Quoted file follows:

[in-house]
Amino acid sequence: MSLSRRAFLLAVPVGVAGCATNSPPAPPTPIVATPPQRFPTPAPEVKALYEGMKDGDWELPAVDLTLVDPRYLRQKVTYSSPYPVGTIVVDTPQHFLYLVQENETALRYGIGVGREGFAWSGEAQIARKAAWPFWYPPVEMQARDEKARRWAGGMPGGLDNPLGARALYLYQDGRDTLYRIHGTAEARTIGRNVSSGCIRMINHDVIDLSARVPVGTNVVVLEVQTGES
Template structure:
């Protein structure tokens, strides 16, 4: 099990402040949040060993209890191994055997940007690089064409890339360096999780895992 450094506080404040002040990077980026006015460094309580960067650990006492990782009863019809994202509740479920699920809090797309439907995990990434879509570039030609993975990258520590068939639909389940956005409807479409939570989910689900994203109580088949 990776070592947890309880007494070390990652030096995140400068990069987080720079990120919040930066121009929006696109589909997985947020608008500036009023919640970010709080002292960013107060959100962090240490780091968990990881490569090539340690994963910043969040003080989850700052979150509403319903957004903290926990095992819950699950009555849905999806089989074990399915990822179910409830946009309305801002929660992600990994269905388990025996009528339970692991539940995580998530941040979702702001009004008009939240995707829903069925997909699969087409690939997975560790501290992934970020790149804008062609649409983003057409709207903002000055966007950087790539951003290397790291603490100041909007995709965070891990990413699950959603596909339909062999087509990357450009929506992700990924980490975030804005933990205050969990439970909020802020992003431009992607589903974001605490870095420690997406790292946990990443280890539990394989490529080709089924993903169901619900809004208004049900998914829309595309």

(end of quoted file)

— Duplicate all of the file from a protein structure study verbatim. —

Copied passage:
[in-house]
Amino acid sequence: MSLSRRAFLLAVPVGVAGCATNSPPAPPTPIVATPPQRFPTPAPEVKALYEGMKDGDWELPAVDLTLVDPRYLRQKVTYSSPYPVGTIVVDTPQHFLYLVQENETALRYGIGVGREGFAWSGEAQIARKAAWPFWYPPVEMQARDEKARRWAGGMPGGLDNPLGARALYLYQDGRDTLYRIHGTAEARTIGRNVSSGCIRMINHDVIDLSARVPVGTNVVVLEVQTGES
Template structure:
């Protein structure tokens, strides 16, 4: 099990402040949040060993209890191994055997940007690089064409890339360096999780895992 450094506080404040002040990077980026006015460094309580960067650990006492990782009863019809994202509740479920699920809090797309439907995990990434879509570039030609993975990258520590068939639909389940956005409807479409939570989910689900994203109580088949 990776070592947890309880007494070390990652030096995140400068990069987080720079990120919040930066121009929006696109589909997985947020608008500036009023919640970010709080002292960013107060959100962090240490780091968990990881490569090539340690994963910043969040003080989850700052979150509403319903957004903290926990095992819950699950009555849905999806089989074990399915990822179910409830946009309305801002929660992600990994269905388990025996009528339970692991539940995580998530941040979702702001009004008009939240995707829903069925997909699969087409690939997975560790501290992934970020790149804008062609649409983003057409709207903002000055966007950087790539951003290397790291603490100041909007995709965070891990990413699950959603596909339909062999087509990357450009929506992700990924980490975030804005933990205050969990439970909020802020992003431009992607589903974001605490870095420690997406790292946990990443280890539990394989490529080709089924993903169901619900809004208004049900998914829309595309």